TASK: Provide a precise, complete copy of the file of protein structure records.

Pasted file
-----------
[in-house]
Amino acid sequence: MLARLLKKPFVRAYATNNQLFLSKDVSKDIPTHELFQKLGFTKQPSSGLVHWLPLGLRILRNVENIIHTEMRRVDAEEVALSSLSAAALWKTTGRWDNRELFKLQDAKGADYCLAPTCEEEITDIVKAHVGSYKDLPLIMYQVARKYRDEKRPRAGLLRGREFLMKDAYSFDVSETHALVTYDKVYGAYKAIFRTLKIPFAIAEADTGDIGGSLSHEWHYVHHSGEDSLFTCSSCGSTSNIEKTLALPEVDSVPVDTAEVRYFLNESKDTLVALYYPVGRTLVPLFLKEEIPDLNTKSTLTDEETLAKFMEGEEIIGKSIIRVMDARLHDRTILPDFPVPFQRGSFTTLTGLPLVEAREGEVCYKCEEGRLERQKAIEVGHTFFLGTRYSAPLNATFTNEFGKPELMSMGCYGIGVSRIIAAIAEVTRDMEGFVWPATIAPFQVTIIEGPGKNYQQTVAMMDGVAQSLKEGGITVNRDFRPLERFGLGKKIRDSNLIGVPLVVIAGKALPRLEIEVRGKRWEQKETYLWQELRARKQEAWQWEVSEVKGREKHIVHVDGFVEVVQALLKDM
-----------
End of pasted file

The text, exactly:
[in-house]
Amino acid sequence: MLARLLKKPFVRAYATNNQLFLSKDVSKDIPTHELFQKLGFTKQPSSGLVHWLPLGLRILRNVENIIHTEMRRVDAEEVALSSLSAAALWKTTGRWDNRELFKLQDAKGADYCLAPTCEEEITDIVKAHVGSYKDLPLIMYQVARKYRDEKRPRAGLLRGREFLMKDAYSFDVSETHALVTYDKVYGAYKAIFRTLKIPFAIAEADTGDIGGSLSHEWHYVHHSGEDSLFTCSSCGSTSNIEKTLALPEVDSVPVDTAEVRYFLNESKDTLVALYYPVGRTLVPLFLKEEIPDLNTKSTLTDEETLAKFMEGEEIIGKSIIRVMDARLHDRTILPDFPVPFQRGSFTTLTGLPLVEAREGEVCYKCEEGRLERQKAIEVGHTFFLGTRYSAPLNATFTNEFGKPELMSMGCYGIGVSRIIAAIAEVTRDMEGFVWPATIAPFQVTIIEGPGKNYQQTVAMMDGVAQSLKEGGITVNRDFRPLERFGLGKKIRDSNLIGVPLVVIAGKALPRLEIEVRGKRWEQKETYLWQELRARKQEAWQWEVSEVKGREKHIVHVDGFVEVVQALLKDM